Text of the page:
MirOS Manual: carp(4)

CARP(4)                    BSD Programmer's Manual                     CARP(4)

NAME

     carp - Common Address Redundancy Protocol

SYNOPSIS

     pseudo-device carp [count]

DESCRIPTION

     The carp interface is a pseudo-device which implements and controls the
     CARP protocol. carp allows multiple hosts on the same local network to
     share a set of IP addresses. Its primary purpose is to ensure that these
     addresses are always available, but in some configurations carp can also
     provide load balancing functionality.

     A carp interface can be created at runtime using the ifconfig carpN
     create command or by setting up a hostname.if(5) configuration file for
     netstart(8).

     To use carp, the administrator needs to configure at minimum a common
     virtual host ID and virtual host IP address on each machine which is to
     take part in the virtual group. Additional parameters can also be set on
     a per-interface basis: advbase and advskew, which are used to control how
     frequently the host sends advertisements when it is the master for a vir-
     tual host, and pass which is used to authenticate carp advertisements.
     These configurations can be done using ifconfig(8), or through the
     SIOCSVH ioctl.

     Additionally, there are a number of global parameters which can be set
     using sysctl(8).

EXAMPLES

     In order to set up an ARP balanced virtual host, it is necessary to con-
     figure one virtual host for each physical host which would respond to ARP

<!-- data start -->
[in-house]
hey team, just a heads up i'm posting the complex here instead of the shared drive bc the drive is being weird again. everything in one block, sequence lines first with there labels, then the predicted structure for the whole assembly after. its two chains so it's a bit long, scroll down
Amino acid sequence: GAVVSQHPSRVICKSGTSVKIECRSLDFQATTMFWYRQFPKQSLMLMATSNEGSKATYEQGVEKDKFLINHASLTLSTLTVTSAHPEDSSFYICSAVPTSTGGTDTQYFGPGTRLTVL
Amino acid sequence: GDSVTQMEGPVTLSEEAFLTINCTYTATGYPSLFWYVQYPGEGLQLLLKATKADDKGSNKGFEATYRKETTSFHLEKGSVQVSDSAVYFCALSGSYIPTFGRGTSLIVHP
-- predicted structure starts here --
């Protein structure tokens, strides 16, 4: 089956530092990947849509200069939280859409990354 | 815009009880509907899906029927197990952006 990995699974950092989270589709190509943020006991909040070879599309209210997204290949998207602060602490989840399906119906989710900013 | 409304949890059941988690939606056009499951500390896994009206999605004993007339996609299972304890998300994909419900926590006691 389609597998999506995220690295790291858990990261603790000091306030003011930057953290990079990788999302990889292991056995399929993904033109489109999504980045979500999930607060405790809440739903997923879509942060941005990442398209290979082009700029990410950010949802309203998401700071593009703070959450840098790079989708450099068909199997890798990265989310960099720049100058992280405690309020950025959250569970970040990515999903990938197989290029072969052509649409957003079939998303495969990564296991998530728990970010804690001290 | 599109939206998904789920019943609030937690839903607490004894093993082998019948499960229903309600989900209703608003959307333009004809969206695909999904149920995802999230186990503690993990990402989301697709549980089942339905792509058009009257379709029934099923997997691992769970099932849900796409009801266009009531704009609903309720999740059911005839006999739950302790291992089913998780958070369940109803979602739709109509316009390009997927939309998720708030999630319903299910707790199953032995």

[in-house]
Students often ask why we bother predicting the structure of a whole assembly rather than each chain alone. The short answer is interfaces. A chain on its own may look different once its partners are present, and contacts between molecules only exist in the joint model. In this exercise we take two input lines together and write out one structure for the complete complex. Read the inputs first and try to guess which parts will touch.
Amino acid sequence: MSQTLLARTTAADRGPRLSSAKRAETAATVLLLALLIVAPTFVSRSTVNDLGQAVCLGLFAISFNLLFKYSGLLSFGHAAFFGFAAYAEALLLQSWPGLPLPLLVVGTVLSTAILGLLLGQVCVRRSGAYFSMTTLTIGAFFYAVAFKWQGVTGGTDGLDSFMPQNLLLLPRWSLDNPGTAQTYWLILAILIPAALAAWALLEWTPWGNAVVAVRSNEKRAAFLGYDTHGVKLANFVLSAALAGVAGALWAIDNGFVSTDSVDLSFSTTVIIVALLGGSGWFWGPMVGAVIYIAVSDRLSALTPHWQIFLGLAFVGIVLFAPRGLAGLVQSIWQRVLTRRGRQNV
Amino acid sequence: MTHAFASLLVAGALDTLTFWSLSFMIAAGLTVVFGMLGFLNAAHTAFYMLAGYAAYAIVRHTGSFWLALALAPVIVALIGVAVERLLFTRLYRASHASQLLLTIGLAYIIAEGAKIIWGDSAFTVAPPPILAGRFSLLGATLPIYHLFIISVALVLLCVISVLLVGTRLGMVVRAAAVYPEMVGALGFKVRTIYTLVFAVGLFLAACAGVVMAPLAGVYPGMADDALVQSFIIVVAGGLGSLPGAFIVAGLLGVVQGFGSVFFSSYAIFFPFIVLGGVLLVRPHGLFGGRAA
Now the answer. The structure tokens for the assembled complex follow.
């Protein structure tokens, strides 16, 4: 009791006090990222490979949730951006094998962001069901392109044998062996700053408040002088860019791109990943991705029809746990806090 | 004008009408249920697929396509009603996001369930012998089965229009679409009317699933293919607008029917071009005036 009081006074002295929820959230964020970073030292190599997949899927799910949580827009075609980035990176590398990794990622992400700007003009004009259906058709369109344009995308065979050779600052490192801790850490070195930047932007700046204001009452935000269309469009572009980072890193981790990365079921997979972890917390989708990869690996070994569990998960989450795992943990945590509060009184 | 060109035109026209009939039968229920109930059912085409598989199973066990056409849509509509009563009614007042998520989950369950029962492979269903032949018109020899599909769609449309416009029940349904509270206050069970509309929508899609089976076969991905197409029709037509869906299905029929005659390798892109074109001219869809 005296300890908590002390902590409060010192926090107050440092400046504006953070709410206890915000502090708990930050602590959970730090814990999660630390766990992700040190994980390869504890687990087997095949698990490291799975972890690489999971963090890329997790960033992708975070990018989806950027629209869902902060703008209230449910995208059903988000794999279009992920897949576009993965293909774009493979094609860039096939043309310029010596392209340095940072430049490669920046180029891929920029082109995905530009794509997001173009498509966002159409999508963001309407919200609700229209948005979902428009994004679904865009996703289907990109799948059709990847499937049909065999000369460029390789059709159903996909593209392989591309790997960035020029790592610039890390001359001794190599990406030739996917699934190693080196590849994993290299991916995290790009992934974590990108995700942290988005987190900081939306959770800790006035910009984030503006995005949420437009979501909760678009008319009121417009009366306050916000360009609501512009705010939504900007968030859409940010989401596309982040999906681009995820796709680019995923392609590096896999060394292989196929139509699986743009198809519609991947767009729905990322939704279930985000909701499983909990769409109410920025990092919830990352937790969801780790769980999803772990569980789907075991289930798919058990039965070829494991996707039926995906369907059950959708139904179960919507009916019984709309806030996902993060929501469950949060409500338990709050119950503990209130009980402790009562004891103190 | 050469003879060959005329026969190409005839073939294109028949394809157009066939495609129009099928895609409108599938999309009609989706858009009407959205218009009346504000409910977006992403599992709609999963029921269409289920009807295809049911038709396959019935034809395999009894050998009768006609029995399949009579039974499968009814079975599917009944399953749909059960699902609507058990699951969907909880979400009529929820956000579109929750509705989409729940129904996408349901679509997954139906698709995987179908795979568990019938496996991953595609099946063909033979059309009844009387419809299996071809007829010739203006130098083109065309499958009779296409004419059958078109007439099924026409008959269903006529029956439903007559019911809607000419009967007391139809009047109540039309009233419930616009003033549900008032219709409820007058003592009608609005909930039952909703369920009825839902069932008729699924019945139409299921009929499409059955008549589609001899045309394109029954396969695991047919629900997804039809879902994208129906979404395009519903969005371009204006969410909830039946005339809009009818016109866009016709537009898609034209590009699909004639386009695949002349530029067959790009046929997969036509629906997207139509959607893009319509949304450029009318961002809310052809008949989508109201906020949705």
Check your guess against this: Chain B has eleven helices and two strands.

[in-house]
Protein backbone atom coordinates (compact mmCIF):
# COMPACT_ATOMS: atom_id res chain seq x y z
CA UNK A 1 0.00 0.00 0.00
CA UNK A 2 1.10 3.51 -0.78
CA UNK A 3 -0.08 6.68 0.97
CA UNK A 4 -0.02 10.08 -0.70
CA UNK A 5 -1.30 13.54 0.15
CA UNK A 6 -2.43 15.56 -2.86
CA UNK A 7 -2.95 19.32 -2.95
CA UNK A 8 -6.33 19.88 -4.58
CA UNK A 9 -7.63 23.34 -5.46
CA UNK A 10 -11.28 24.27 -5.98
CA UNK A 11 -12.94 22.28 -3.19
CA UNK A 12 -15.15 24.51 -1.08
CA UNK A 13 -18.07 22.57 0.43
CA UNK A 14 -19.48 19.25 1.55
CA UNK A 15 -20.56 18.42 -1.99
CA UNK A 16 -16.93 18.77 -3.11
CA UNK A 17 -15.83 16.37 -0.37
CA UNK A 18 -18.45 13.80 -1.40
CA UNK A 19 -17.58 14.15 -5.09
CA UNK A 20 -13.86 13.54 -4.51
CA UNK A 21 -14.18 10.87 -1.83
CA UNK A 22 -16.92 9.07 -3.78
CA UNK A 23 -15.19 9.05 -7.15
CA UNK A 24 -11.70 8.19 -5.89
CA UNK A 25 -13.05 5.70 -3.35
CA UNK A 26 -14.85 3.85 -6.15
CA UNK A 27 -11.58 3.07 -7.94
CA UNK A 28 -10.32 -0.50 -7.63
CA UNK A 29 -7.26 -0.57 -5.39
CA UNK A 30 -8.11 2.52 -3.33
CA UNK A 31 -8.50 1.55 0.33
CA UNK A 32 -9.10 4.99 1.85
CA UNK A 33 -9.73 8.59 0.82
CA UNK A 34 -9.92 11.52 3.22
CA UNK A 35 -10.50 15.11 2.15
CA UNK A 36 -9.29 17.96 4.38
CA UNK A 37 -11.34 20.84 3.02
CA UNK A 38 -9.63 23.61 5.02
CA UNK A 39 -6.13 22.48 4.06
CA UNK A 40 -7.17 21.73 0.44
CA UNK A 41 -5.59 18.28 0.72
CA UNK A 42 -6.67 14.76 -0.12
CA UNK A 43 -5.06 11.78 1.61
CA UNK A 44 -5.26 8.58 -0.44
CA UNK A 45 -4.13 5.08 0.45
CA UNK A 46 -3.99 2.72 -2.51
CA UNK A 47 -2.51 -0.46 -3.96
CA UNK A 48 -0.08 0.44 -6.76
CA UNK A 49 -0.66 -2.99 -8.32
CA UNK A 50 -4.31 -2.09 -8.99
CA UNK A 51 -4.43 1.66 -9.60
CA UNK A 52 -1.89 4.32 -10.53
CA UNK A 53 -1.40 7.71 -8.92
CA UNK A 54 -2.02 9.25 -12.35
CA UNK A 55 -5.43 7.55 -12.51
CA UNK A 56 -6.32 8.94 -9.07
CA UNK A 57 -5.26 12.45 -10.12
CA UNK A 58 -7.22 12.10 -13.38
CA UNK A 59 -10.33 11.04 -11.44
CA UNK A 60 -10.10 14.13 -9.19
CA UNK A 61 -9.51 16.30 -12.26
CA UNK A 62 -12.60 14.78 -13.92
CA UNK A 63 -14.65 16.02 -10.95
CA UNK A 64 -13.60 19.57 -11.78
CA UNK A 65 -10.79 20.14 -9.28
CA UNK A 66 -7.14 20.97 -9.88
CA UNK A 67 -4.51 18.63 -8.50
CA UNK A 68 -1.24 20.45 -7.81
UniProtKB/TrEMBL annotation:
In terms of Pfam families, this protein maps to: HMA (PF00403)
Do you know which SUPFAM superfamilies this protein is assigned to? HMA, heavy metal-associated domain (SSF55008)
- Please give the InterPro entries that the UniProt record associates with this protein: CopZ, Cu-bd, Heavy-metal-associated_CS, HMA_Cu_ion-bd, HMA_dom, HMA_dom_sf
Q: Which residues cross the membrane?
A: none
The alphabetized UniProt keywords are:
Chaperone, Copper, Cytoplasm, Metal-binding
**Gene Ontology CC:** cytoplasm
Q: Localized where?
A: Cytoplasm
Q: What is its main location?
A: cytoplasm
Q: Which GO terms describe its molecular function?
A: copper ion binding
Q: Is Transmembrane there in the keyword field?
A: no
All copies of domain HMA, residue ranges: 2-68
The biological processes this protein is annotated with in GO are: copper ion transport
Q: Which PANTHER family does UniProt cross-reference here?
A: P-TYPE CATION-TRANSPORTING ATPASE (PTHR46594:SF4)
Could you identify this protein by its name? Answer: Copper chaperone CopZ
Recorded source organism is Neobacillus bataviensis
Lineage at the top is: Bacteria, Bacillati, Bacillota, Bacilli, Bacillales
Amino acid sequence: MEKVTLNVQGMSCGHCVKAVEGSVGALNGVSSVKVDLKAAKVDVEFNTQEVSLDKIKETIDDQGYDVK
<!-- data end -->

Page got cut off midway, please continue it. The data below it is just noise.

requests and thus handle the traffic. In the following example, 2 hosts
     are configured to provide balancing and failover for the IP address
     192.168.1.10.

     First the carp interfaces on Host A are configured. The advskew of 100 on
     the second virtual host means that its advertisements will be sent out
     slightly less frequently.

           # ifconfig carp0 create
           # ifconfig carp0 vhid 1 pass mekmitasdigoat 192.168.1.10
           # ifconfig carp1 create
           # ifconfig carp1 vhid 2 advskew 100 pass mekmitasdigoat 192.168.1.10

     The configuration for host B is identical, except the skew is on virtual
     host 1 rather than virtual host 2.

           # ifconfig carp0 create
           # ifconfig carp0 vhid 1 advskew 100 pass mekmitasdigoat 192.168.1.10
           # ifconfig carp1 create
           # ifconfig carp1 vhid 2 pass mekmitasdigoat 192.168.1.10

     Finally, the ARP balancing feature must be enabled on both hosts:

           # sysctl net.inet.carp.arpbalance=1

     When the hosts receive an ARP request for 192.168.1.10, they both select
     one of the virtual hosts based on the source IP address in the request.
     The host which is master of that virtual host will reply to the request,
     the other will ignore it.

     Because the host which advertises most often will tend to be the master,
     the result of this is that Host A will tend to be the master for the vir-
     tual host with ID 1, while Host B will tend to be the master for the vir-
     tual host with ID 2, and therefore arp requests and subsequent IP traffic
     are balanced across the two hosts. If one of the hosts fails, the other
     will take over the virtual MAC address, and begin answering ARP requests
     on its behalf.

     Note: ARP balancing only works on the local network segment. Connections
     which cross a router to arrive on the local network segment will all ap-
     pear to come from that router and be balanced to the same host.

SEE ALSO

     sysctl(3), inet(4), ifconfig(8), sysctl(8)

HISTORY

     The carp device first appeared in OpenBSD 3.5.

MirOS BSD #10-current          October 16, 2003                              1

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